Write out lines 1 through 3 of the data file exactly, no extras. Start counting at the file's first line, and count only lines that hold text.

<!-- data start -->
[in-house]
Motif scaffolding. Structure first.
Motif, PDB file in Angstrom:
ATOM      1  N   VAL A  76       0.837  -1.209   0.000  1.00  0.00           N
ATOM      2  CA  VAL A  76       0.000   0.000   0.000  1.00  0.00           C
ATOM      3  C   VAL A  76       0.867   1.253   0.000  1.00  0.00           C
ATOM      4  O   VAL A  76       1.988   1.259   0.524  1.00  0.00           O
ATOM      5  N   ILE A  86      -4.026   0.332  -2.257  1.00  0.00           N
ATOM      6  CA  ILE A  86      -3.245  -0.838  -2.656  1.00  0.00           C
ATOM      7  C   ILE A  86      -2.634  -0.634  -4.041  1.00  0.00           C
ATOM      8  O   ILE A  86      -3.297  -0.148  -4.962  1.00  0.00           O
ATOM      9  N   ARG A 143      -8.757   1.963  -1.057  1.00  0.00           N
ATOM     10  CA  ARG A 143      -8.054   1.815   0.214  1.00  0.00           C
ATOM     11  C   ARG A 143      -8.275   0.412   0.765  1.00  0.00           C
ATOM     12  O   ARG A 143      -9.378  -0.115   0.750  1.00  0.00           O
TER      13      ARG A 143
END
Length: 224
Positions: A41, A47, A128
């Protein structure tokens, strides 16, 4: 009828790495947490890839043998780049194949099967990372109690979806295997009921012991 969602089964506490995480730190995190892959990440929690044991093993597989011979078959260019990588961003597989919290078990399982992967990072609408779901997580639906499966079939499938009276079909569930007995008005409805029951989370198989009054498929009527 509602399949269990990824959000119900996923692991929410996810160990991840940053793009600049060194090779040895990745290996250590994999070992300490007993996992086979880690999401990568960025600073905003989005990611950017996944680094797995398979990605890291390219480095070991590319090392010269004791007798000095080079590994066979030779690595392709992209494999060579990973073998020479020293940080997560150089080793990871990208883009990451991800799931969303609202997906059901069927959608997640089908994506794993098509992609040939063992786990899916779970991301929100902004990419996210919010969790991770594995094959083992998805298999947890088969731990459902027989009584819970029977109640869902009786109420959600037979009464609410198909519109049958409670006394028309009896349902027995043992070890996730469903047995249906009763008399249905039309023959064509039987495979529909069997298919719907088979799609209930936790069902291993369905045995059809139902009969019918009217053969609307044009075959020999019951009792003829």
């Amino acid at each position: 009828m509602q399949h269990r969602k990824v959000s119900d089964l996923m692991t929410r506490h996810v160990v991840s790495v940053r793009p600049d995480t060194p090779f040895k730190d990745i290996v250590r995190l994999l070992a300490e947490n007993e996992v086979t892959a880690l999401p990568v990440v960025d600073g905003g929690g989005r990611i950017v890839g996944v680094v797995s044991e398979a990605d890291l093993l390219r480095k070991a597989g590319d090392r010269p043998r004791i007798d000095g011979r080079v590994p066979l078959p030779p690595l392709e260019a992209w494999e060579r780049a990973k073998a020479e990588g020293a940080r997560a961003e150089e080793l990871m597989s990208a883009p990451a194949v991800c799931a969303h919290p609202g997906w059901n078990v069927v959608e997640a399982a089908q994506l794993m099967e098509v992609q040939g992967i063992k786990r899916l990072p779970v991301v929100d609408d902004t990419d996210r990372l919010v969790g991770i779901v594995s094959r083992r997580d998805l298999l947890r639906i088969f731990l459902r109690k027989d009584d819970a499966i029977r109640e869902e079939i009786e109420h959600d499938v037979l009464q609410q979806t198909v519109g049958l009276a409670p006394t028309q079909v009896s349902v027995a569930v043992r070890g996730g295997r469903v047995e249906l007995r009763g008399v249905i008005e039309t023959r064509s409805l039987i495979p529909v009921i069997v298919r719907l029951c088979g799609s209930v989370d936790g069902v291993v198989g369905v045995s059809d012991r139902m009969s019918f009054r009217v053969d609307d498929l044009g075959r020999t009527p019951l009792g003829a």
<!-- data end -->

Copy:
[in-house]
Motif scaffolding. Structure first.
Motif, PDB file in Angstrom: